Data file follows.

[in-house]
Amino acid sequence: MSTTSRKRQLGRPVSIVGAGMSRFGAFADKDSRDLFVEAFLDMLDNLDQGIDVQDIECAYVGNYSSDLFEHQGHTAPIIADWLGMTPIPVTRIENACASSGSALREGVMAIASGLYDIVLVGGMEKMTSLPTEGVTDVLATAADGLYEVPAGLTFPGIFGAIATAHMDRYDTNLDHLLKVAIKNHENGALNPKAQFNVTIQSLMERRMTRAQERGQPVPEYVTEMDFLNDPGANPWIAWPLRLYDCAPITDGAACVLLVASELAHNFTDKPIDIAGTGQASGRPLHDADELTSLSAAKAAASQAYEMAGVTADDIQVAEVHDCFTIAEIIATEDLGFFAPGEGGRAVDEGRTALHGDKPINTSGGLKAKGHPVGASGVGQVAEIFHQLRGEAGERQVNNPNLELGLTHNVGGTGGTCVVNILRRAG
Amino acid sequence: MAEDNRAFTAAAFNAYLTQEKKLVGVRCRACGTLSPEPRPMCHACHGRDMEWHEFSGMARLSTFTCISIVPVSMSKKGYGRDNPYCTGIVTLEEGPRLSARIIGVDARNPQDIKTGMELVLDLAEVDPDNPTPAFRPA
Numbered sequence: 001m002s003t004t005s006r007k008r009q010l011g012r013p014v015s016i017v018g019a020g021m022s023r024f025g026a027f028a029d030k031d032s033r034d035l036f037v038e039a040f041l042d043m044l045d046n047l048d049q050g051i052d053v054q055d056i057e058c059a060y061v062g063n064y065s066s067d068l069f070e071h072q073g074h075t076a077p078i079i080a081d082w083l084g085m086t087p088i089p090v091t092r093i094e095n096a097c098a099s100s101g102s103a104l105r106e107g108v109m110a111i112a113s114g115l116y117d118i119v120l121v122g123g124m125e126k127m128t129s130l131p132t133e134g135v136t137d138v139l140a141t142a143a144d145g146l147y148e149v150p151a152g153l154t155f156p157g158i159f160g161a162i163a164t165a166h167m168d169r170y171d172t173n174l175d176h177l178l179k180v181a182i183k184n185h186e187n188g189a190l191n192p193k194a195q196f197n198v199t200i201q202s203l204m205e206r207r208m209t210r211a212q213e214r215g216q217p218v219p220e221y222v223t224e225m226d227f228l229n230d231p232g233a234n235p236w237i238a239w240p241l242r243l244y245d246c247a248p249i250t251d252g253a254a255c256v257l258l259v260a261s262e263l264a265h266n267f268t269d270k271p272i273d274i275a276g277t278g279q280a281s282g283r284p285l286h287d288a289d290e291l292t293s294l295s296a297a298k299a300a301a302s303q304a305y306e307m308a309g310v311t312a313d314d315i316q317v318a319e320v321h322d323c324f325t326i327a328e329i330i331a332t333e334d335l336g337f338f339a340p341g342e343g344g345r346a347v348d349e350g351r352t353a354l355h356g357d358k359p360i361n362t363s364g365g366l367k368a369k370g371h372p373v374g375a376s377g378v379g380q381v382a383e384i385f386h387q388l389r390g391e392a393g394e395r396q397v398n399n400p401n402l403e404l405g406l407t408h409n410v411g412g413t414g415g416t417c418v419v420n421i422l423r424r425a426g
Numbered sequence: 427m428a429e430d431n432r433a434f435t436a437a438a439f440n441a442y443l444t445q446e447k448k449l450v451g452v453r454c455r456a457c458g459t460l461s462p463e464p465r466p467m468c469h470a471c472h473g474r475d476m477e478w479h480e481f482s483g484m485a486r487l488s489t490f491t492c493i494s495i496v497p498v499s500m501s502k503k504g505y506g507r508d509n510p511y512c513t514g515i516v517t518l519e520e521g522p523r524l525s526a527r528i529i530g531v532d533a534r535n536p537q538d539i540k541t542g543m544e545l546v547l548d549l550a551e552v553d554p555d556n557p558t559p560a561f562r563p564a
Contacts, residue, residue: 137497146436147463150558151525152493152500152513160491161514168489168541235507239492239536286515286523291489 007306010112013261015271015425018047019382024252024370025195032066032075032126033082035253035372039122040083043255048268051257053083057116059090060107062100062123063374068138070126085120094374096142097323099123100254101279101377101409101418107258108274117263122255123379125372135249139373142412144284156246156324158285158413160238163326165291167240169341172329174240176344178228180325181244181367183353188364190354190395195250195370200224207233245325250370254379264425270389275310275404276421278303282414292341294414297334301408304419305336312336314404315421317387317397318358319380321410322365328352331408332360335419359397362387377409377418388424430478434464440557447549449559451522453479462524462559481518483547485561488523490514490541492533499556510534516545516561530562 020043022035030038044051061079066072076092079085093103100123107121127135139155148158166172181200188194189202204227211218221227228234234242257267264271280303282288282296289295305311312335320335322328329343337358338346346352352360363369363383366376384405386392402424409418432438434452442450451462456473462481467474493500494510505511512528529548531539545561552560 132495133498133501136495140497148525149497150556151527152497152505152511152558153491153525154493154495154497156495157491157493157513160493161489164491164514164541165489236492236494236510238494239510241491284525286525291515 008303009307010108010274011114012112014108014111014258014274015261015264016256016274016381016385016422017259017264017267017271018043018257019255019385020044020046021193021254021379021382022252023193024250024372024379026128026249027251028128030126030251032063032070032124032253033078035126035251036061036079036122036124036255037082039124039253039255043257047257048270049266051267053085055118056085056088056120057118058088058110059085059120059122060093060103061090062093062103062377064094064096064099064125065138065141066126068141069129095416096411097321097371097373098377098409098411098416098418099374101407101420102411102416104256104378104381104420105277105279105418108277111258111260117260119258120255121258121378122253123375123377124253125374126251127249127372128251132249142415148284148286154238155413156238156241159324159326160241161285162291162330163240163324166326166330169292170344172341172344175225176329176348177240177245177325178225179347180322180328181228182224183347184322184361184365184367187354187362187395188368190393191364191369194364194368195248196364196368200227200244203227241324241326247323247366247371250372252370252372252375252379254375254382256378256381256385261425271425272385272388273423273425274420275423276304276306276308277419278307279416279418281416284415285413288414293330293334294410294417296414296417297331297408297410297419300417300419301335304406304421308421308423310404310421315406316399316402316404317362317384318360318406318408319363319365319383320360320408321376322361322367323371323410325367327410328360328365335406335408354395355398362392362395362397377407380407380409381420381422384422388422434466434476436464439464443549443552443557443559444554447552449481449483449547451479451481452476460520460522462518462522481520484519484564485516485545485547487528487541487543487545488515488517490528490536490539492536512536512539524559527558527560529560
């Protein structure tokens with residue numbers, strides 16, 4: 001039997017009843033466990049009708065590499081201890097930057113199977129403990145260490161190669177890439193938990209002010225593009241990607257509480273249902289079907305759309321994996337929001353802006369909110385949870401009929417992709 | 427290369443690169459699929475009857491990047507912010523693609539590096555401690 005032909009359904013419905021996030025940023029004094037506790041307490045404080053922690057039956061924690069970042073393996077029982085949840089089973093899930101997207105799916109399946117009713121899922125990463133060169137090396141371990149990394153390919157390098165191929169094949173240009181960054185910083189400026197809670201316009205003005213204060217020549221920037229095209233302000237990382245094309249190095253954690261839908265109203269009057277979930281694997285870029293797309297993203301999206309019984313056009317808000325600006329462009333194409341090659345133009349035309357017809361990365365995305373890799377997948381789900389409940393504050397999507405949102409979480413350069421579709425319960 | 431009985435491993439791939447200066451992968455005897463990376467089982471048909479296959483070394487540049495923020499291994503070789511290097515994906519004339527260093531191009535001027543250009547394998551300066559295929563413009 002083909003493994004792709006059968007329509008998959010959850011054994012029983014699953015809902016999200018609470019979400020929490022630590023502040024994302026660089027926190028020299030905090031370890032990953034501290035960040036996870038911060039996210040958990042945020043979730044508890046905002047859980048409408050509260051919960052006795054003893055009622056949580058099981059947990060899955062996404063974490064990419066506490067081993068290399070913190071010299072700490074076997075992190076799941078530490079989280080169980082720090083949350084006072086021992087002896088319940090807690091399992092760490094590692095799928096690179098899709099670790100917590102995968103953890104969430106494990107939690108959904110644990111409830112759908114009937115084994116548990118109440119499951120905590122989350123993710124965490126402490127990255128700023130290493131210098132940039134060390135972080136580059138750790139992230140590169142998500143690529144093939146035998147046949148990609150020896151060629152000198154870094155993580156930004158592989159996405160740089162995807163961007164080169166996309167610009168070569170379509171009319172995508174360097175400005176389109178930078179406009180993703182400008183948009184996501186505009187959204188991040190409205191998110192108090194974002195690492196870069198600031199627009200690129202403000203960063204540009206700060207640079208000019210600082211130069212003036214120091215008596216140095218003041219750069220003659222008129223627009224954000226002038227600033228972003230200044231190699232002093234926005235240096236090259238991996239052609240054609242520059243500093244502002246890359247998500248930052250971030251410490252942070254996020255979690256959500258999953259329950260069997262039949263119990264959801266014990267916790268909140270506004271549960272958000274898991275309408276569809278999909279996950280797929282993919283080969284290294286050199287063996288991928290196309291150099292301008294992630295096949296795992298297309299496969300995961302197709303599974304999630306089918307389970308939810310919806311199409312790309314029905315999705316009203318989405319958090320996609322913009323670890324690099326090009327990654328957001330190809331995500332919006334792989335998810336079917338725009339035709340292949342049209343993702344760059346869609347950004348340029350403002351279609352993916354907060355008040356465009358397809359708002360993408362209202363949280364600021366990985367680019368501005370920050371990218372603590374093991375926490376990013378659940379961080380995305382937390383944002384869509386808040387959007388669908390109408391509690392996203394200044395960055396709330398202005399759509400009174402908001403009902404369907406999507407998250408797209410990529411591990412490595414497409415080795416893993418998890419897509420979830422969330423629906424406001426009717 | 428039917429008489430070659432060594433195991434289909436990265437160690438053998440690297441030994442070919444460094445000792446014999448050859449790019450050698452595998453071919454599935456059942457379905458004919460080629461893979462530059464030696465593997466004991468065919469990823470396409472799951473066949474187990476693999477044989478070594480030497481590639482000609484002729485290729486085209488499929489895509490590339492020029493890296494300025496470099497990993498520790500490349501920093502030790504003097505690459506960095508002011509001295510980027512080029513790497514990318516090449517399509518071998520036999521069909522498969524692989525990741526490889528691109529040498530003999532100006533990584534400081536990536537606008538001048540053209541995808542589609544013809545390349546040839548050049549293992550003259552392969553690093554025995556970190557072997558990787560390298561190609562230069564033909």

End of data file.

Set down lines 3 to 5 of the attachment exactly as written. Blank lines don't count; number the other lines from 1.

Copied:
Amino acid sequence: MAEDNRAFTAAAFNAYLTQEKKLVGVRCRACGTLSPEPRPMCHACHGRDMEWHEFSGMARLSTFTCISIVPVSMSKKGYGRDNPYCTGIVTLEEGPRLSARIIGVDARNPQDIKTGMELVLDLAEVDPDNPTPAFRPA
Numbered sequence: 001m002s003t004t005s006r007k008r009q010l011g012r013p014v015s016i017v018g019a020g021m022s023r024f025g026a027f028a029d030k031d032s033r034d035l036f037v038e039a040f041l042d043m044l045d046n047l048d049q050g051i052d053v054q055d056i057e058c059a060y061v062g063n064y065s066s067d068l069f070e071h072q073g074h075t076a077p078i079i080a081d082w083l084g085m086t087p088i089p090v091t092r093i094e095n096a097c098a099s100s101g102s103a104l105r106e107g108v109m110a111i112a113s114g115l116y117d118i119v120l121v122g123g124m125e126k127m128t129s130l131p132t133e134g135v136t137d138v139l140a141t142a143a144d145g146l147y148e149v150p151a152g153l154t155f156p157g158i159f160g161a162i163a164t165a166h167m168d169r170y171d172t173n174l175d176h177l178l179k180v181a182i183k184n185h186e187n188g189a190l191n192p193k194a195q196f197n198v199t200i201q202s203l204m205e206r207r208m209t210r211a212q213e214r215g216q217p218v219p220e221y222v223t224e225m226d227f228l229n230d231p232g233a234n235p236w237i238a239w240p241l242r243l244y245d246c247a248p249i250t251d252g253a254a255c256v257l258l259v260a261s262e263l264a265h266n267f268t269d270k271p272i273d274i275a276g277t278g279q280a281s282g283r284p285l286h287d288a289d290e291l292t293s294l295s296a297a298k299a300a301a302s303q304a305y306e307m308a309g310v311t312a313d314d315i316q317v318a319e320v321h322d323c324f325t326i327a328e329i330i331a332t333e334d335l336g337f338f339a340p341g342e343g344g345r346a347v348d349e350g351r352t353a354l355h356g357d358k359p360i361n362t363s364g365g366l367k368a369k370g371h372p373v374g375a376s377g378v379g380q381v382a383e384i385f386h387q388l389r390g391e392a393g394e395r396q397v398n399n400p401n402l403e404l405g406l407t408h409n410v411g412g413t414g415g416t417c418v419v420n421i422l423r424r425a426g
Numbered sequence: 427m428a429e430d431n432r433a434f435t436a437a438a439f440n441a442y443l444t445q446e447k448k449l450v451g452v453r454c455r456a457c458g459t460l461s462p463e464p465r466p467m468c469h470a471c472h473g474r475d476m477e478w479h480e481f482s483g484m485a486r487l488s489t490f491t492c493i494s495i496v497p498v499s500m501s502k503k504g505y506g507r508d509n510p511y512c513t514g515i516v517t518l519e520e521g522p523r524l525s526a527r528i529i530g531v532d533a534r535n536p537q538d539i540k541t542g543m544e545l546v547l548d549l550a551e552v553d554p555d556n557p558t559p560a561f562r563p564a